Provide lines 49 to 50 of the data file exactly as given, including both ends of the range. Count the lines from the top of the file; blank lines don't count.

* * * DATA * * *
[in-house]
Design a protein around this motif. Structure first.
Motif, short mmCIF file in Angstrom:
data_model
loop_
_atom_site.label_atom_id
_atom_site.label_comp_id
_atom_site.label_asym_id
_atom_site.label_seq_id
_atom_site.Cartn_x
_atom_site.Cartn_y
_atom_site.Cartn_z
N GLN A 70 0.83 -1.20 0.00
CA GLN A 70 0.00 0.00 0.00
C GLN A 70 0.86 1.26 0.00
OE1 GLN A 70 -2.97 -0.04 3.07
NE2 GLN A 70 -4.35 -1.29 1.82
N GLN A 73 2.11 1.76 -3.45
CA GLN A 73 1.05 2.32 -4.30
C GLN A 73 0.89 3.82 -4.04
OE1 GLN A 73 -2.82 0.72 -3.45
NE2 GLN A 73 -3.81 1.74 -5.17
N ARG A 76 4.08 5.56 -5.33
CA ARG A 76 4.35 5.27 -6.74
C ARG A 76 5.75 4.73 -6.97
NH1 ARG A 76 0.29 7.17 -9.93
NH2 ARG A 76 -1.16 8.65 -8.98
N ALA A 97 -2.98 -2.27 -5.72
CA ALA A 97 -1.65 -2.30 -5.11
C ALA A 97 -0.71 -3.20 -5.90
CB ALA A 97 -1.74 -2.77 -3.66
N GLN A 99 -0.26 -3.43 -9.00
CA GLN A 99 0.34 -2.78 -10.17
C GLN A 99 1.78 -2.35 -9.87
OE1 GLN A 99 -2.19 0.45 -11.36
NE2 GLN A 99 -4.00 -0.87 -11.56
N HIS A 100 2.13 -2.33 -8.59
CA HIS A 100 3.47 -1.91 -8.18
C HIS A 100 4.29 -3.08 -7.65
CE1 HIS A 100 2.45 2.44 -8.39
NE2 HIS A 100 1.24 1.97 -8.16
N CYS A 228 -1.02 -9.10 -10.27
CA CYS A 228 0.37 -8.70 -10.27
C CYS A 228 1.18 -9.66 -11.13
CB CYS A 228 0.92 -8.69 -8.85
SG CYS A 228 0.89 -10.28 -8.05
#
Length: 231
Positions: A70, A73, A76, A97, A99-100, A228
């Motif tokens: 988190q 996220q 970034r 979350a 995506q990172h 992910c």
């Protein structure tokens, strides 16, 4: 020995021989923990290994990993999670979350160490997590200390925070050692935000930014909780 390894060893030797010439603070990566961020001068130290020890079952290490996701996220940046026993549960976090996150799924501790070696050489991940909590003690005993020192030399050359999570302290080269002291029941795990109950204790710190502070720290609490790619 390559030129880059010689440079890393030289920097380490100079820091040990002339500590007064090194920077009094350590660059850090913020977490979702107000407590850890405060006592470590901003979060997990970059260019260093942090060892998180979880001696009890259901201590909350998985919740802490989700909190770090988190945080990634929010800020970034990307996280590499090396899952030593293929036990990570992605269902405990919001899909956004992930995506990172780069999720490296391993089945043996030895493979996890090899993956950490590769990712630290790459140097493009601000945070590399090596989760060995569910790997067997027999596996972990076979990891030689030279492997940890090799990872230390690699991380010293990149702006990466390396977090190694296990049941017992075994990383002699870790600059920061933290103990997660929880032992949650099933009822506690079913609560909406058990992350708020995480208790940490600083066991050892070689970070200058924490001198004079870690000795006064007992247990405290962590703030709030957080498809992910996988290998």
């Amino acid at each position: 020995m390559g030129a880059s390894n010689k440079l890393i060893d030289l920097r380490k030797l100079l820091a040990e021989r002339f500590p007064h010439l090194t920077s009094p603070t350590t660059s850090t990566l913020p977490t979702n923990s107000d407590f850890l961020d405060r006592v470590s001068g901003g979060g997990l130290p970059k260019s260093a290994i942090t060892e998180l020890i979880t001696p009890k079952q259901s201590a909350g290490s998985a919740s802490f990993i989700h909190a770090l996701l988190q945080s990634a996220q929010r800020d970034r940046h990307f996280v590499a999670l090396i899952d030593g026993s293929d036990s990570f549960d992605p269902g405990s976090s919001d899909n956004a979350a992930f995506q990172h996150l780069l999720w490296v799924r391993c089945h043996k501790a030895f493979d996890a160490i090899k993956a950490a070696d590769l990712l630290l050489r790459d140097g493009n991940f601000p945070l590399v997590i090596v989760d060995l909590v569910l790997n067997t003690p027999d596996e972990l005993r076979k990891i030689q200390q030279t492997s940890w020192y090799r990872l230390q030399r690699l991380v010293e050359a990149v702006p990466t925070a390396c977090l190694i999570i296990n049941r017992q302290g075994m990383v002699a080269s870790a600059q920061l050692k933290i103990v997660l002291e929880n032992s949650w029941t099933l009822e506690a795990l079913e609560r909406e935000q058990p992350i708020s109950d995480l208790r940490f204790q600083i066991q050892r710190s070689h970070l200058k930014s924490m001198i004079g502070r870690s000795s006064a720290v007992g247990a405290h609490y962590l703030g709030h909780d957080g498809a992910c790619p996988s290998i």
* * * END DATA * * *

Positions: A70, A73, A76, A97, A99-100, A228
């Motif tokens: 988190q 996220q 970034r 979350a 995506q990172h 992910c």